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Let this be the place we allow the beauty of Down syndrome to shine on the world.   

Mom Out of Order

Mom Out of Order

For thirteen months, I pumped. It was a journey of struggle, my body never producing a sufficient amount of milk for twins, which lead to surrender and gratitude, through accepting help in the form of frozen donations from incredible women in my life. Every three hours I filled my water bottle and set up camp next to my Medela Pump-in-Style, for twenty minute stretches. Day in and day out, I contributed what I was able to each feed, feeling comfort in that I had at least offered something. When Lottie was in the hospital, and I couldn’t inflate her collapsed lungs, I could still pump. When sickness fell upon us, and I had no ability to remove either girls discomfort, I could pump then too. When circumstance was beyond my control, I offered, though a small amount, the best of what I had. Then my body said, ‘No more,’ and I stopped producing. 

Every three hours I found myself feeling anxious. My milk had dried up, and my production was officially ‘out of order’. Out of habit, I absentmindedly walked to the sink to wash pump parts. My eyes examined and reexamined the freezer, mentally calculating the number of days our frozen stash would last us. When I finally relented to packing up the pump, I attempted to hand express, still unable to completely resign from my position. There was little rhyme or reason to my all-consuming, vice-like attachment to  providing milk for Nettie and Lottie. Although I knew it was silly, transitioning away from lactation was a challenge.

Just recently I looked up the definition of that word: lactation. Several of the listed synonyms and antonyms were comical- clearly inaccurate. What surprised me was how perfectly they aligned with the mislead feelings I was experiencing. For example, if you look at the image here, not lactating clearly does not equate to ‘starvation’ or ‘neglect’. That is ridiculous, my mind says. Yet every three hours I would look at my daughters and feel guilty for having no milk to offer them. Mom guilt at its finest, playing me like a puppet. A typical nonsensical case of Mind vs. Emotions.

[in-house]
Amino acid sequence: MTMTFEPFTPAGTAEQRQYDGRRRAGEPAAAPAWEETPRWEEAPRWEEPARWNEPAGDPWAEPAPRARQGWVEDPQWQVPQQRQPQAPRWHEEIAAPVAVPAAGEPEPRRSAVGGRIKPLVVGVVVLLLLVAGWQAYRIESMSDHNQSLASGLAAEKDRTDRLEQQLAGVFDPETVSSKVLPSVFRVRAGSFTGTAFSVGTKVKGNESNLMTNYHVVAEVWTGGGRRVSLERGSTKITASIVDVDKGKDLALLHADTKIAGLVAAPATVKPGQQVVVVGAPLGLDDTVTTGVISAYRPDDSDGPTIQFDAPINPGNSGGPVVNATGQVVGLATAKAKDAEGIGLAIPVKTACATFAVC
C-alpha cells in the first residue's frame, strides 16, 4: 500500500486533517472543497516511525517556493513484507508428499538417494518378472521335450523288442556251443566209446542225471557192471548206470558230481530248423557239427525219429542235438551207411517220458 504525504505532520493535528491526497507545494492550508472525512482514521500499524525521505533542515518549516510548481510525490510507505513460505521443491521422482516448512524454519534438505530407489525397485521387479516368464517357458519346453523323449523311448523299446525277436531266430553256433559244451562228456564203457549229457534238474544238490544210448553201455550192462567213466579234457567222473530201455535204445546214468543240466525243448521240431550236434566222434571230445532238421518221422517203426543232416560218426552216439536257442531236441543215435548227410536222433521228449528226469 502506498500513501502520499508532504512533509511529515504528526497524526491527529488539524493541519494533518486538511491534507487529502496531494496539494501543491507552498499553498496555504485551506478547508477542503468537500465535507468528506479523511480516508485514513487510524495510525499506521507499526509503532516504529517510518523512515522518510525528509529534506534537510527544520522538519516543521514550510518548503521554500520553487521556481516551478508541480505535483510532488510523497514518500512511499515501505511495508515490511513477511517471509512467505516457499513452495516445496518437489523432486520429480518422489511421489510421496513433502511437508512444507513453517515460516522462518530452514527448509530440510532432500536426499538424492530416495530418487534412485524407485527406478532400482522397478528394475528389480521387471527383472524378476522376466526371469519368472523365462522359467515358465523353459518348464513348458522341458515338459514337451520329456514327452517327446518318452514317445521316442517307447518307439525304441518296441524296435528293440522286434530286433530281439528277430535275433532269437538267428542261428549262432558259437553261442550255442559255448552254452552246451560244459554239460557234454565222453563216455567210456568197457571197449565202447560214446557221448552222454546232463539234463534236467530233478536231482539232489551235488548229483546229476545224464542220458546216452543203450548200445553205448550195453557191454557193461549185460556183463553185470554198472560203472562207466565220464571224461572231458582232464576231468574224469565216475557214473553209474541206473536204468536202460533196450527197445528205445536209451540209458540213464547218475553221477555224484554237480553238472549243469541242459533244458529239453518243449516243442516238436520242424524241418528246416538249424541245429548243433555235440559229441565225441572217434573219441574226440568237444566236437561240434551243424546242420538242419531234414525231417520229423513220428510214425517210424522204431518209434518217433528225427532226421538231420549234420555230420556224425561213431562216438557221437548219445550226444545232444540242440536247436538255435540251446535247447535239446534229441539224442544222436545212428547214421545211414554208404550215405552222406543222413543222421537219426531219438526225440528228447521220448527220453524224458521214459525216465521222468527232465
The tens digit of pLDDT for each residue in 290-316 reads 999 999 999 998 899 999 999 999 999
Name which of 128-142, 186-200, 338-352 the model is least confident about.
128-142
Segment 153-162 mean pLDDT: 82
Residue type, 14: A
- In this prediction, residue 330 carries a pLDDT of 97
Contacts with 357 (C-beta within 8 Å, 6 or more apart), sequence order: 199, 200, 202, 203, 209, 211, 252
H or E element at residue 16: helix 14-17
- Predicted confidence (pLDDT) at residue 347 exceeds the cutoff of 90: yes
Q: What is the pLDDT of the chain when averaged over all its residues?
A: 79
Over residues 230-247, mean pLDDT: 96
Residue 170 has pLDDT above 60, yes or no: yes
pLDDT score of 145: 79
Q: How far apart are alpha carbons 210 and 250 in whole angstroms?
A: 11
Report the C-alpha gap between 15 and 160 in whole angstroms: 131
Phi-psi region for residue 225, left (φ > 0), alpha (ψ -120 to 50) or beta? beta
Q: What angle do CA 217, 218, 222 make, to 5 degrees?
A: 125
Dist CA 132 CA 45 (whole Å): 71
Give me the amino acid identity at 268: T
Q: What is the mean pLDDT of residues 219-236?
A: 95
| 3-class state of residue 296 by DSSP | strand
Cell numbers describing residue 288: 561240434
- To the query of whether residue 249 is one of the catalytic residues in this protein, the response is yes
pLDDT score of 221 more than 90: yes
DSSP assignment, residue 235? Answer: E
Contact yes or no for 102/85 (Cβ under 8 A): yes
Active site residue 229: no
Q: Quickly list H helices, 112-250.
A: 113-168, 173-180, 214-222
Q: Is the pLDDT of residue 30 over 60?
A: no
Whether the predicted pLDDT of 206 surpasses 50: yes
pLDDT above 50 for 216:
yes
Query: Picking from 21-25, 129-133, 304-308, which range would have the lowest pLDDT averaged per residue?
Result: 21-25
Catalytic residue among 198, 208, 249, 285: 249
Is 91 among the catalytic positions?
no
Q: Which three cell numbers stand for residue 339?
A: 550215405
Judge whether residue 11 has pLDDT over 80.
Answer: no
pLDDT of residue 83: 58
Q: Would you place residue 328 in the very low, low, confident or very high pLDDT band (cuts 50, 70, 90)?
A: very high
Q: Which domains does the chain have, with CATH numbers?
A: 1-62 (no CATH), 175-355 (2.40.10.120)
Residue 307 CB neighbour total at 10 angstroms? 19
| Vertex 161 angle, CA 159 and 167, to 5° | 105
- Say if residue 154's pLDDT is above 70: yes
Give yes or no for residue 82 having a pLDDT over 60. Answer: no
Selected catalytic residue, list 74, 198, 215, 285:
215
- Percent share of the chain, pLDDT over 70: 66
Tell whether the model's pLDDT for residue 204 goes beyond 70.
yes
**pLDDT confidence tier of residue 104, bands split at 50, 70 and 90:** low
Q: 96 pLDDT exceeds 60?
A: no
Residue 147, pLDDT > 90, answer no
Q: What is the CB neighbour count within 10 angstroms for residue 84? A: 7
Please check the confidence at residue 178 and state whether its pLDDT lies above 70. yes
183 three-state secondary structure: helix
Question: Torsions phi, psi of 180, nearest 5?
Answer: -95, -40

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When I was offered an opportunity to join a team from our church on a trip to Mexico, I knew it was the transitional aid I needed. My passport and what clothes I had washed, were thrown into my husband’s travel backpack, and I boarded a plane to Guadalajara. For a week, I stepped back from the steering wheel of Motherhood and found a girl who had more to offer than milk. Discovering courage, that which I had overlooked in myself, I began to piece together what I am able to give my children that truly nurtures their growth, and will never dry up.

Moms, our children do not need us to be fixers. They need examples of how to navigate the difficulties of life with God in our hearts. We cannot take up the role of being their sole providers of comfort, nurturing, and protection. Running ourselves through the mud, disguising our grasp on control as sacrificial parenting, would come at a cost; for one, the ability for others (Dads, Grandmas, etc.) to build and strengthen relationships with our children. Our sons and daughters need us to show them we are each more than parents. If parenthood swallows our identity, we offer our children an incomplete example of adulthood. Showing them how to live requires living ourselves, not apart from, but in balance with changing their diapers and co-assembling their LEGO sets. For me at this point, that means exchanging several ounces of breastmilk, for more games of Peek-a-boo, and taco dates with my new girlfriends. Fulfilling my duty as a mother was never contingent on producing or ‘doing’ for them, but the offering of unconditional love, and a Christ-like example.

World Down Syndrome Day 2019

World Down Syndrome Day 2019